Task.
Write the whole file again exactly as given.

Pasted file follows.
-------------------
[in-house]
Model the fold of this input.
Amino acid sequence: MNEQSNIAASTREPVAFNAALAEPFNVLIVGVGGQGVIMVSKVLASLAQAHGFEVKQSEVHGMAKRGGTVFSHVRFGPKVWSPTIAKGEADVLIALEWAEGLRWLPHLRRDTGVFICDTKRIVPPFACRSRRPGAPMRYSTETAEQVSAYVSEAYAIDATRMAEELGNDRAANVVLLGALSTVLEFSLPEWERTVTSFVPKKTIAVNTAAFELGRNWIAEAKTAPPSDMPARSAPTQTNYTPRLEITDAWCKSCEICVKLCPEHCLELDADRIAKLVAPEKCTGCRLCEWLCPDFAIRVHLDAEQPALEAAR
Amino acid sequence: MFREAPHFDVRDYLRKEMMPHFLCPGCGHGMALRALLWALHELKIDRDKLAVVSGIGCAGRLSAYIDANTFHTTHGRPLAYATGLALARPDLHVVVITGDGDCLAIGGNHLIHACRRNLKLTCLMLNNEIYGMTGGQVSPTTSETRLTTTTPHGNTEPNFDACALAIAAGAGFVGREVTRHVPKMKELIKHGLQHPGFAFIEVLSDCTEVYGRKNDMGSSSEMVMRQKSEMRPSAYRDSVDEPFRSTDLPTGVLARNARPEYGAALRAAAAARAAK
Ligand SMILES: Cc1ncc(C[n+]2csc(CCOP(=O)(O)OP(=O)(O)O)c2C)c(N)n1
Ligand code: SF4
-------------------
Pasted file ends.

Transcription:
[in-house]
Model the fold of this input.
Amino acid sequence: MNEQSNIAASTREPVAFNAALAEPFNVLIVGVGGQGVIMVSKVLASLAQAHGFEVKQSEVHGMAKRGGTVFSHVRFGPKVWSPTIAKGEADVLIALEWAEGLRWLPHLRRDTGVFICDTKRIVPPFACRSRRPGAPMRYSTETAEQVSAYVSEAYAIDATRMAEELGNDRAANVVLLGALSTVLEFSLPEWERTVTSFVPKKTIAVNTAAFELGRNWIAEAKTAPPSDMPARSAPTQTNYTPRLEITDAWCKSCEICVKLCPEHCLELDADRIAKLVAPEKCTGCRLCEWLCPDFAIRVHLDAEQPALEAAR
Amino acid sequence: MFREAPHFDVRDYLRKEMMPHFLCPGCGHGMALRALLWALHELKIDRDKLAVVSGIGCAGRLSAYIDANTFHTTHGRPLAYATGLALARPDLHVVVITGDGDCLAIGGNHLIHACRRNLKLTCLMLNNEIYGMTGGQVSPTTSETRLTTTTPHGNTEPNFDACALAIAAGAGFVGREVTRHVPKMKELIKHGLQHPGFAFIEVLSDCTEVYGRKNDMGSSSEMVMRQKSEMRPSAYRDSVDEPFRSTDLPTGVLARNARPEYGAALRAAAAARAAK
Ligand SMILES: Cc1ncc(C[n+]2csc(CCOP(=O)(O)OP(=O)(O)O)c2C)c(N)n1
Ligand code: SF4